A new survey conducted by the Green Book Alliance found some shifts in sustainability practices of publishers and book manufacturers compared to a survey conducted in 2020-21.

The most pronounced change, and one likely tied to shifts in work practices that occurred during the pandemic, was a decline in business travel and an increase in video conferencing. Fifty-two percent of respondents to the 2023-24 survey said that their company had reduced business travel over the last three years, and 68% said they had increased the use of video conferencing in an effort to offset their carbon footprint. The cut in travel was particularly notable since only 34% of respondents in the 2020-21 survey said that their company had cut travel due to environmental concerns.

Another sustainability-friendly practice from the Covid era that many companies are still using is the hybrid work schedule. Fifty-three percent of respondents said that their company is continuing to make hybrid work available to employees.

In a broad question about how they have lowered their environmental footprint in the last three years, 77% of respondents said that they have reduced their overall material waste. The most recent survey added a question about print-on-demand, and 51% of respondents said that they had upped their use of POD since 2020. Greater use of POD was a particularly popular actions taken by publishers to reduce their carbon footprint in terms of transporting books, with 61% naming that printing option as an important practice.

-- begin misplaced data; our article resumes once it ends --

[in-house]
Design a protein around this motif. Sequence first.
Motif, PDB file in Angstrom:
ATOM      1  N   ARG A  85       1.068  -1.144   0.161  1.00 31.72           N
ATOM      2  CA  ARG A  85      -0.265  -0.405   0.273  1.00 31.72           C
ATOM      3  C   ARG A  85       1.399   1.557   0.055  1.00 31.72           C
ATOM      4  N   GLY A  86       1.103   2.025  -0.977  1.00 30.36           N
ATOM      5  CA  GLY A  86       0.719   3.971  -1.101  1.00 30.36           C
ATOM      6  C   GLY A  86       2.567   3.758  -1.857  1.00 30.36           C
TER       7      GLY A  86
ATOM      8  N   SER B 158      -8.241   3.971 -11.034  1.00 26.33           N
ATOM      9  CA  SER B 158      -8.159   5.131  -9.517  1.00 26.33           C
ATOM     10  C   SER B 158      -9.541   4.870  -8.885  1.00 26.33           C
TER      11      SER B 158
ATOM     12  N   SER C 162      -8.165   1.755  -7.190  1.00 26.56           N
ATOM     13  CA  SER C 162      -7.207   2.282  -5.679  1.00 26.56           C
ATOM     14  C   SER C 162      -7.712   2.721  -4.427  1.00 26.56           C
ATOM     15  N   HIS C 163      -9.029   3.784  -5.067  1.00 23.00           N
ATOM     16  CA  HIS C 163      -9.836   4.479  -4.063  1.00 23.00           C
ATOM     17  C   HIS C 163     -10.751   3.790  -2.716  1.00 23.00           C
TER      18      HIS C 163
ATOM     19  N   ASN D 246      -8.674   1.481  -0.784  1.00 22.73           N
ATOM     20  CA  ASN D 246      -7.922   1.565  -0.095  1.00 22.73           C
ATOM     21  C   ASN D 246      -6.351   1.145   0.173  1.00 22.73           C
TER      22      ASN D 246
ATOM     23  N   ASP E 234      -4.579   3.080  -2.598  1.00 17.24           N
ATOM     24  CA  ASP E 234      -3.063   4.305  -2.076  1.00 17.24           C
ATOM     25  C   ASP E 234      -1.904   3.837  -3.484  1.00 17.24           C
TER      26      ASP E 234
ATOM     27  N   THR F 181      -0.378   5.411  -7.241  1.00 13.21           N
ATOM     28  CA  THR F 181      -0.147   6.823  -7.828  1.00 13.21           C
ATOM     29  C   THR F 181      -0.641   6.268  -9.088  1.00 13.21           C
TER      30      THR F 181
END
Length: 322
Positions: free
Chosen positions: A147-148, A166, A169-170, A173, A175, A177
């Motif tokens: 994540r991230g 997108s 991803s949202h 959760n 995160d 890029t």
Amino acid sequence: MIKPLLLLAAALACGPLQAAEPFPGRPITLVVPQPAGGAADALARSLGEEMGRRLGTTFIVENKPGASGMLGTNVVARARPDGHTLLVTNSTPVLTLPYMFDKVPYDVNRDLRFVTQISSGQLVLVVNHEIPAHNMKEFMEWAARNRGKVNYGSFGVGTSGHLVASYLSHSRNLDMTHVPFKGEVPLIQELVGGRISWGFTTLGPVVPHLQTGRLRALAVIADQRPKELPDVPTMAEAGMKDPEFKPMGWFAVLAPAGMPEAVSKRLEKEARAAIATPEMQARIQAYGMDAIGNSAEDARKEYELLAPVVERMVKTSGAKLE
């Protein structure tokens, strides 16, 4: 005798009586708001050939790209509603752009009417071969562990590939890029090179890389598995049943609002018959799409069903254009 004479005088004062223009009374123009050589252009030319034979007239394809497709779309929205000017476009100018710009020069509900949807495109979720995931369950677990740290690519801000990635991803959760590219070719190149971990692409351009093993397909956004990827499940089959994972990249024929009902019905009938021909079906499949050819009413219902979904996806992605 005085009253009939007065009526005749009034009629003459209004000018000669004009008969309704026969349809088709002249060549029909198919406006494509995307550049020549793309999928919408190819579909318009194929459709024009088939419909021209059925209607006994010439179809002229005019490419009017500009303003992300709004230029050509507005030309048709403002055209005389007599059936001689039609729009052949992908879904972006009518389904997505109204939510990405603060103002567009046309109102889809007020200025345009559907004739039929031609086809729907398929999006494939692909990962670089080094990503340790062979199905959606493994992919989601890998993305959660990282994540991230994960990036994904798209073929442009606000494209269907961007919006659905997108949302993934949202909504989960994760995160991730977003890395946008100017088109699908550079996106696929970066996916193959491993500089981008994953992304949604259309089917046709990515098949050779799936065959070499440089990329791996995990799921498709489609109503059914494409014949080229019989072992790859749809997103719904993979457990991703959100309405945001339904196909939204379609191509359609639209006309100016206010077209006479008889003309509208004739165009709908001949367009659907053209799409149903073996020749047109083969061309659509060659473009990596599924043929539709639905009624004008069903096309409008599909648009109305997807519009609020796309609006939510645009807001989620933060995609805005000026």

Sustainability practices that appear to have lost some popularity since 2020 include the use of 100% post-consumer recycled paper for printing books. Thirty-seven percent said they use recycled paper in the most recent survey, down from 51% in the earlier survey. The decline mirrors the use some U.S. publishers have reported, which they attribute primarily to the difficulty in finding recycled paper.

The practice of using carbon offsets has cooled among many companies, and that seems to be the case for publishers and book manufacturers as well. Forty-seven percent of respondents said that they have no offset options, up from 31% in 2020.

The Green Book Alliance was formed in 2020 by the Book Industry Study Group, BookNet Canada, and the U.K.’s Book Industry Communication to improve international sustainability practices in the book publishing industry. Its 2023-24 survey drew responses from 57 companies, down from 71 in 2020-21 and participants were from seven countries in the newest survey, down from 11. Companies in Australia, Canada, Germany, the U.K., and the U.S. took part in both surveys.